David B. Lewis

Publication Details

  • Toll-like receptor 4 is required for optimal development of Th2 immune responses: Role of dendritic cells JOURNAL OF IMMUNOLOGY Dabbagh, K., Dahl, M. E., Stepick-Biek, P., Lewis, D. B. 2002; 168 (9): 4524-4530


    LPS potently induces dendritic cell maturation and the production of proinflammatory cytokines, such as IL-12, by activation of Toll-like receptor 4 (TLR4). Since IL-12 is important for the generation and maintenance of Th1 responses and may also inhibit Th2 cell generation from naive CD4 T cell precursors, it has been inferred that TLR4 signaling would have similar effects via the induction of IL-12 secretion. Surprisingly, we found that TLR4-defective mice subjected to sensitization and pulmonary challenge with a protein allergen had reductions in airway inflammation with eosinophils, allergen-specific IgE levels, and Th2 cytokine production, compared with wild-type mice. These reduced responses were attributable, at least in part, to decreased dendritic cell function: Dendritic cells from TLR4-defective mice expressed lower levels of CD86, a costimulatory molecule important for Th2 responses. They also induced less Th2 cytokine production by antigenically naive CD4 T cells in vitro and mediated diminished CD4 T cell Ag-specific pulmonary inflammation in vivo. These results indicate that TLR4 is required for optimal Th2 responses to Ags from nonpathogenic sources and suggest a role for TLR4 ligands, such as LPS derived from commensal bacteria or endogenously derived ligands, in maturation of the innate immune system before pathogen exposure.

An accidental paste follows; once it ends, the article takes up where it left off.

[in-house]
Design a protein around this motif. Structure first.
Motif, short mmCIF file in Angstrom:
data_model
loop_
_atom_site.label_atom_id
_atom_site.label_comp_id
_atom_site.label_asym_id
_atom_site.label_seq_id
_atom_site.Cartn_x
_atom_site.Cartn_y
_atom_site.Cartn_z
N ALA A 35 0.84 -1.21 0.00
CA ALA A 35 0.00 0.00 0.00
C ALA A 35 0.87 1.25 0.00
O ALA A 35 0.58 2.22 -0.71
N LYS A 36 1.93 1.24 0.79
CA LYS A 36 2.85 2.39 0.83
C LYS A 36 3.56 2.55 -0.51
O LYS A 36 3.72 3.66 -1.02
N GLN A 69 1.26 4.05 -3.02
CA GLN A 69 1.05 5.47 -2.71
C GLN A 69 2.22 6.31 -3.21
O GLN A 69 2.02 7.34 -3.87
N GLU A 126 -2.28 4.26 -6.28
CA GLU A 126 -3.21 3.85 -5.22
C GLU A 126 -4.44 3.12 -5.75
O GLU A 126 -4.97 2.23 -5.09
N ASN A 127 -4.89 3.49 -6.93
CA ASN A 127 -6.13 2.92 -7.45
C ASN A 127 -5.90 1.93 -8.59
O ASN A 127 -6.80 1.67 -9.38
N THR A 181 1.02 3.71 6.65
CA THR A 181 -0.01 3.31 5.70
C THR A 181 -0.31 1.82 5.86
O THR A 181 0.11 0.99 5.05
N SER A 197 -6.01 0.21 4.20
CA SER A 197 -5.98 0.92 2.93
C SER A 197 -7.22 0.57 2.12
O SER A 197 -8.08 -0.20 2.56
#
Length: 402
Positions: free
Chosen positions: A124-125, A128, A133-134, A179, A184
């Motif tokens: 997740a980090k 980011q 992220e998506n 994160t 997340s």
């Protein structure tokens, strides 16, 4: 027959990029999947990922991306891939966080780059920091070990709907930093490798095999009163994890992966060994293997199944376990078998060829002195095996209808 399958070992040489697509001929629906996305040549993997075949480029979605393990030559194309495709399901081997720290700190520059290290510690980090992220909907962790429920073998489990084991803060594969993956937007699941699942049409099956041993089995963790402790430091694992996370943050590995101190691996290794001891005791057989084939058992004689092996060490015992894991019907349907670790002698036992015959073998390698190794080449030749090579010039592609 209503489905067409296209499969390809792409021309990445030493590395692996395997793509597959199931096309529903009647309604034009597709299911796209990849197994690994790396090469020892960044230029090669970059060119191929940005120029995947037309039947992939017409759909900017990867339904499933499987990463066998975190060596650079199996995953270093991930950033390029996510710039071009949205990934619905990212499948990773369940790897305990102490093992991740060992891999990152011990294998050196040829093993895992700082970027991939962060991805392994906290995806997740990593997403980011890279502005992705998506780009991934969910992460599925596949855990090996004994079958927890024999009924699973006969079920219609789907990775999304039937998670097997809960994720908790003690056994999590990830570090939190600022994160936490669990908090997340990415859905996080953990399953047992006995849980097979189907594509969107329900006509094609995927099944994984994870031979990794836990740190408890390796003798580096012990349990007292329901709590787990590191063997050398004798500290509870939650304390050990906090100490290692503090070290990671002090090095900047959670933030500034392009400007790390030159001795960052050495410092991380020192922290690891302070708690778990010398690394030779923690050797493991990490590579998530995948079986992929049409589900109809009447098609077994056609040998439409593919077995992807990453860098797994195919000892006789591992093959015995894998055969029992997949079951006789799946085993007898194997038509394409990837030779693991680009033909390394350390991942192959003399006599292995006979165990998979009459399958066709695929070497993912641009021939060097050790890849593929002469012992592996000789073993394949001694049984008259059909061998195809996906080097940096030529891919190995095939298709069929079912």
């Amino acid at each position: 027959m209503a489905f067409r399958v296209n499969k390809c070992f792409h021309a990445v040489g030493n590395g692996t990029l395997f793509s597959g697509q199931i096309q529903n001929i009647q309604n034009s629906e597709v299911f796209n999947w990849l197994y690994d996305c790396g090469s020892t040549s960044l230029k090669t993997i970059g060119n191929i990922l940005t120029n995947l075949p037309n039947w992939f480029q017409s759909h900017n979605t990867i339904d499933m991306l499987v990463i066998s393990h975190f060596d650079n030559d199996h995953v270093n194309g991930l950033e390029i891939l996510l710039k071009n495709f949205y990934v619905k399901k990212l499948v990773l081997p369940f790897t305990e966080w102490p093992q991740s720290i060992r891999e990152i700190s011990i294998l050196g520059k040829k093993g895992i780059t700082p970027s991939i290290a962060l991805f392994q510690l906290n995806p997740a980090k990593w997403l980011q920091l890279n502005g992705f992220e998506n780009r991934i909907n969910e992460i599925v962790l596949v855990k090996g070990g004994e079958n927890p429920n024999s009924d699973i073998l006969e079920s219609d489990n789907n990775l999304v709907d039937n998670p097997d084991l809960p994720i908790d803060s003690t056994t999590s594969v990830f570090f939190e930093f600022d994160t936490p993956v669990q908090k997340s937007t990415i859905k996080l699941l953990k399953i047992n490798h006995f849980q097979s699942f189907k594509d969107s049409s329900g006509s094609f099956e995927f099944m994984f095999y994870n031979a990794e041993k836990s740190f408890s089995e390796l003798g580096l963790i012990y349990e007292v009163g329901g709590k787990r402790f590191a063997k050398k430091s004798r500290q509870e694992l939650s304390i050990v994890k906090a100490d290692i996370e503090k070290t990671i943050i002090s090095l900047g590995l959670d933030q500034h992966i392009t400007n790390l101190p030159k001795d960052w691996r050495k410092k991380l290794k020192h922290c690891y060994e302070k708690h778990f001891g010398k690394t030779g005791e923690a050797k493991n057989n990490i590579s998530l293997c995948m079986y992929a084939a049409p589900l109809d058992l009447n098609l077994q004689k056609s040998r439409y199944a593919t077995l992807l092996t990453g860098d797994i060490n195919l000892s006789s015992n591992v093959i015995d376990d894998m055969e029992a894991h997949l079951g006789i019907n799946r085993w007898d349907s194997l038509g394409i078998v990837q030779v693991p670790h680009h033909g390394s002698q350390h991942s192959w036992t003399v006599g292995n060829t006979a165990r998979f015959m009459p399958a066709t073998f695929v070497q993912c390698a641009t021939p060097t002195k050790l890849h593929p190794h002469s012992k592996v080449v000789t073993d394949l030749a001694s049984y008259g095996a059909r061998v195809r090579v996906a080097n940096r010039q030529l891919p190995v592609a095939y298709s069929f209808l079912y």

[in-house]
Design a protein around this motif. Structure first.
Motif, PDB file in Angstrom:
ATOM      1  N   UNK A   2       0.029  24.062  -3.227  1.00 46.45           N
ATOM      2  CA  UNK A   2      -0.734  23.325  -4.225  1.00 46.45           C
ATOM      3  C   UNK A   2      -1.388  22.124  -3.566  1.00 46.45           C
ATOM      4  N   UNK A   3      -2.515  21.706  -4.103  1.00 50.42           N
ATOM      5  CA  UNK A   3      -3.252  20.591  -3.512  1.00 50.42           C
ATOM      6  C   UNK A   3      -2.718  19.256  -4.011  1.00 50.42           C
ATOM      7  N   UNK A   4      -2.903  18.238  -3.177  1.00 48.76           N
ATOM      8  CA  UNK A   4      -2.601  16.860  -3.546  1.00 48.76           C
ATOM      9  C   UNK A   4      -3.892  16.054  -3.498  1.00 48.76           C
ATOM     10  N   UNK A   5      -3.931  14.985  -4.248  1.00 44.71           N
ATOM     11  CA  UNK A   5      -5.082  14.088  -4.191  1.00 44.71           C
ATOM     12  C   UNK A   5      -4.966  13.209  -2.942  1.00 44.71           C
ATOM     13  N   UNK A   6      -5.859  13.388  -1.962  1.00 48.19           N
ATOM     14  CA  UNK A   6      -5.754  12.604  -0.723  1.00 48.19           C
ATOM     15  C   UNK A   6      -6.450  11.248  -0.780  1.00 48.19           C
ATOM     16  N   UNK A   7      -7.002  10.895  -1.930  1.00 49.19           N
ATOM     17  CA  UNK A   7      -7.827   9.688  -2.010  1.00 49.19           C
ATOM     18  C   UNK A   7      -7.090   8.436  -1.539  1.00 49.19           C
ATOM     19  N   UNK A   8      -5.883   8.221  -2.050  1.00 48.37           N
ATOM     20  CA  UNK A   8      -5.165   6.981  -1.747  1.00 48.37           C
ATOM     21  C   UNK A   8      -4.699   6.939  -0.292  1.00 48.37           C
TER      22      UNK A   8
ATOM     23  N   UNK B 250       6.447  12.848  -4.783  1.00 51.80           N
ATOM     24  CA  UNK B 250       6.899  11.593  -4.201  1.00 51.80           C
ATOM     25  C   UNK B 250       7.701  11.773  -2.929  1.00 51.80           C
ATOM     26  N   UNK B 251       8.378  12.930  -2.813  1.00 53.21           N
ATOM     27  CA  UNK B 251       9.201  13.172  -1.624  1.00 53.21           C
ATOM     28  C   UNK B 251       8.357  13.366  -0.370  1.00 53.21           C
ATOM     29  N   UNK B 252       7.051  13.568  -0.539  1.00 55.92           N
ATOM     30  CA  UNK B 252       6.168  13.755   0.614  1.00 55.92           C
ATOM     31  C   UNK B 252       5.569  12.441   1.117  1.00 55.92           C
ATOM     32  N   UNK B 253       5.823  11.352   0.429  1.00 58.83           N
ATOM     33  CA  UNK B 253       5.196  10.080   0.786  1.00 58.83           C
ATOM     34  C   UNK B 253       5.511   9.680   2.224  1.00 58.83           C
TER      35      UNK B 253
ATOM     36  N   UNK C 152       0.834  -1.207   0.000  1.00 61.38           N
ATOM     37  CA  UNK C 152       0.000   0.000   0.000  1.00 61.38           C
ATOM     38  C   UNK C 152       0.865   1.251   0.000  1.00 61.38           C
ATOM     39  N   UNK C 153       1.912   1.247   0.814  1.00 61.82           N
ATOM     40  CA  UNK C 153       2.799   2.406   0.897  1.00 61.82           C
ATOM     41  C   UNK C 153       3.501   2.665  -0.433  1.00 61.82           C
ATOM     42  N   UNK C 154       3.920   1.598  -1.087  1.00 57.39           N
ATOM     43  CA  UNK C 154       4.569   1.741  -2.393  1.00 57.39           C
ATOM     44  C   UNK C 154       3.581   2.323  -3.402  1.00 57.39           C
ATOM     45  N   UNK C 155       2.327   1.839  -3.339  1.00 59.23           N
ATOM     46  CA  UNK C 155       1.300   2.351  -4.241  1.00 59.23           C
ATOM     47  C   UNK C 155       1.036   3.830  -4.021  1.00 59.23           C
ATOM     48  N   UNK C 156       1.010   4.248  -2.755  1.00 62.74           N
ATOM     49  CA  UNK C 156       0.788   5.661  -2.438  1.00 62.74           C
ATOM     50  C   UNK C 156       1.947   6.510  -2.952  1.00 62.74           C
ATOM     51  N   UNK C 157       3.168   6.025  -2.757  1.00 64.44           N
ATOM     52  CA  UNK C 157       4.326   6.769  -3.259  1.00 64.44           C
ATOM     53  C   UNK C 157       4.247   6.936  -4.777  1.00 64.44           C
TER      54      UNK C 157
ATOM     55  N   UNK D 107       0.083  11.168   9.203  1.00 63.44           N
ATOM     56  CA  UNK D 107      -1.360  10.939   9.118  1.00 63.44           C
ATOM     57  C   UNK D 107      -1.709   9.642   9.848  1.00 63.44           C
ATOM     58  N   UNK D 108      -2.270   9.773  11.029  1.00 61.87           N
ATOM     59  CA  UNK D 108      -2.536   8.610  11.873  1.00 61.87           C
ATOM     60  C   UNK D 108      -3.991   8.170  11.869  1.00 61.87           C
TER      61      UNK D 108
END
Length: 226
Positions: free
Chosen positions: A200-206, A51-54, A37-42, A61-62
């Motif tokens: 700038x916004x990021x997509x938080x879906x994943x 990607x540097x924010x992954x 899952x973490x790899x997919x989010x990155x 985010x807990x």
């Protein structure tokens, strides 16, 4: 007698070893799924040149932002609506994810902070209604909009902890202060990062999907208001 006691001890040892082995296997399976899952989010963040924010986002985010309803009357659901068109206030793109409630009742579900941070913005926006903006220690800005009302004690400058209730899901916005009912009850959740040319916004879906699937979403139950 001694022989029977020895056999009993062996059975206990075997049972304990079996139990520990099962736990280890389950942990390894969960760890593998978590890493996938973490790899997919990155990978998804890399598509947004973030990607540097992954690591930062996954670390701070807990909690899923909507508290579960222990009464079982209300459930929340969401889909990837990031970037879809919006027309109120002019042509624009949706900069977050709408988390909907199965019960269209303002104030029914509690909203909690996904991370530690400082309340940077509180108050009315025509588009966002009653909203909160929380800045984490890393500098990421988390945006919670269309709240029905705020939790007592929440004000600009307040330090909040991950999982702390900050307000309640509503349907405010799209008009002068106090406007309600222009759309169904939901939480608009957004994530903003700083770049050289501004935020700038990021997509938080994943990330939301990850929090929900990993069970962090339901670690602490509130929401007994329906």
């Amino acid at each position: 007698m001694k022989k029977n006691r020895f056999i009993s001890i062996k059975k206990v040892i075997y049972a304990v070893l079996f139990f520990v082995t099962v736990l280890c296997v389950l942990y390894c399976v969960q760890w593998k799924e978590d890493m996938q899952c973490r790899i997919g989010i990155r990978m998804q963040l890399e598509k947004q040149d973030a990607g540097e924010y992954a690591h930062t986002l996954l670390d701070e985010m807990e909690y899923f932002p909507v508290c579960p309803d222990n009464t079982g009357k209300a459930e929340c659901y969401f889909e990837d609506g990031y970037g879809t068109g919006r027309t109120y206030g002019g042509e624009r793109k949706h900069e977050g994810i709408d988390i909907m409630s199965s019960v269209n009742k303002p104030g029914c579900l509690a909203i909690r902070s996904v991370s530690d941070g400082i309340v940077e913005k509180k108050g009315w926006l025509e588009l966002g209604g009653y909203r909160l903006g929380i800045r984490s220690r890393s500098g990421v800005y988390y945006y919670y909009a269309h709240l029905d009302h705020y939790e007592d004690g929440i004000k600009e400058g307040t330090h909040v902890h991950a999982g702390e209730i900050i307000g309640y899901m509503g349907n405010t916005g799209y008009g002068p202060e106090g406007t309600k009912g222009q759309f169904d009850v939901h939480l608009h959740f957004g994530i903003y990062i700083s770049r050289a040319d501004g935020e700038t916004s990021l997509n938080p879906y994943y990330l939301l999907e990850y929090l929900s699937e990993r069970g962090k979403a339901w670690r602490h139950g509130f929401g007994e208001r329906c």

View details for Web of Science ID 000175263000036

    View details for PubMedID 11970998

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